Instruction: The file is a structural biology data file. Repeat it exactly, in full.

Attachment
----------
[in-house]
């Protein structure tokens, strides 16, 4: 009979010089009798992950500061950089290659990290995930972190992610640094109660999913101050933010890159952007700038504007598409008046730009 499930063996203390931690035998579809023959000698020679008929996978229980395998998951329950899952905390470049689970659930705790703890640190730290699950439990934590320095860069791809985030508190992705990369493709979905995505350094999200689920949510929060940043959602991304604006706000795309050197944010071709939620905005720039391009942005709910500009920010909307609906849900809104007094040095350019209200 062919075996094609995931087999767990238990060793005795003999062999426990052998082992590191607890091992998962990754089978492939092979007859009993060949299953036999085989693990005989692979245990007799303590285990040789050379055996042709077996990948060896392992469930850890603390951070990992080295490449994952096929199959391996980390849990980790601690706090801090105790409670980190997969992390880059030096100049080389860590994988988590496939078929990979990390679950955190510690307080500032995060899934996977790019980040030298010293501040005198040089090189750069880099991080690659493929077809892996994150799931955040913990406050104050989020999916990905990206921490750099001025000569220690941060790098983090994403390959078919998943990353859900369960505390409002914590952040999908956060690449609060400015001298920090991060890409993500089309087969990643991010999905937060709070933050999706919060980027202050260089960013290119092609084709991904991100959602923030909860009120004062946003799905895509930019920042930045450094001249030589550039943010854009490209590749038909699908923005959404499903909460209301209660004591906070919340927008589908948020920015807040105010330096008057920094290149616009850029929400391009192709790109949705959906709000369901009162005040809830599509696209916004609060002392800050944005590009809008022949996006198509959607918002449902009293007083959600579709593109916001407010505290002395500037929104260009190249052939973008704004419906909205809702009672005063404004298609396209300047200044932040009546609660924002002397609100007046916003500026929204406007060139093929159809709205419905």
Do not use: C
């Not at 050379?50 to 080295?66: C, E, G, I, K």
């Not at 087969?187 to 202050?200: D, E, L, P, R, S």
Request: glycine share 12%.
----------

[in-house]
């Protein structure tokens, strides 16, 4: 009979010089009798992950500061950089290659990290995930972190992610640094109660999913101050933010890159952007700038504007598409008046730009 499930063996203390931690035998579809023959000698020679008929996978229980395998998951329950899952905390470049689970659930705790703890640190730290699950439990934590320095860069791809985030508190992705990369493709979905995505350094999200689920949510929060940043959602991304604006706000795309050197944010071709939620905005720039391009942005709910500009920010909307609906849900809104007094040095350019209200 062919075996094609995931087999767990238990060793005795003999062999426990052998082992590191607890091992998962990754089978492939092979007859009993060949299953036999085989693990005989692979245990007799303590285990040789050379055996042709077996990948060896392992469930850890603390951070990992080295490449994952096929199959391996980390849990980790601690706090801090105790409670980190997969992390880059030096100049080389860590994988988590496939078929990979990390679950955190510690307080500032995060899934996977790019980040030298010293501040005198040089090189750069880099991080690659493929077809892996994150799931955040913990406050104050989020999916990905990206921490750099001025000569220690941060790098983090994403390959078919998943990353859900369960505390409002914590952040999908956060690449609060400015001298920090991060890409993500089309087969990643991010999905937060709070933050999706919060980027202050260089960013290119092609084709991904991100959602923030909860009120004062946003799905895509930019920042930045450094001249030589550039943010854009490209590749038909699908923005959404499903909460209301209660004591906070919340927008589908948020920015807040105010330096008057920094290149616009850029929400391009192709790109949705959906709000369901009162005040809830599509696209916004609060002392800050944005590009809008022949996006198509959607918002449902009293007083959600579709593109916001407010505290002395500037929104260009190249052939973008704004419906909205809702009672005063404004298609396209300047200044932040009546609660924002002397609100007046916003500026929204406007060139093929159809709205419905």
Do not use: C
């Not at 050379?50 to 080295?66: C, E, G, I, K």
């Not at 087969?187 to 202050?200: D, E, L, P, R, S």
Request: glycine share 12%.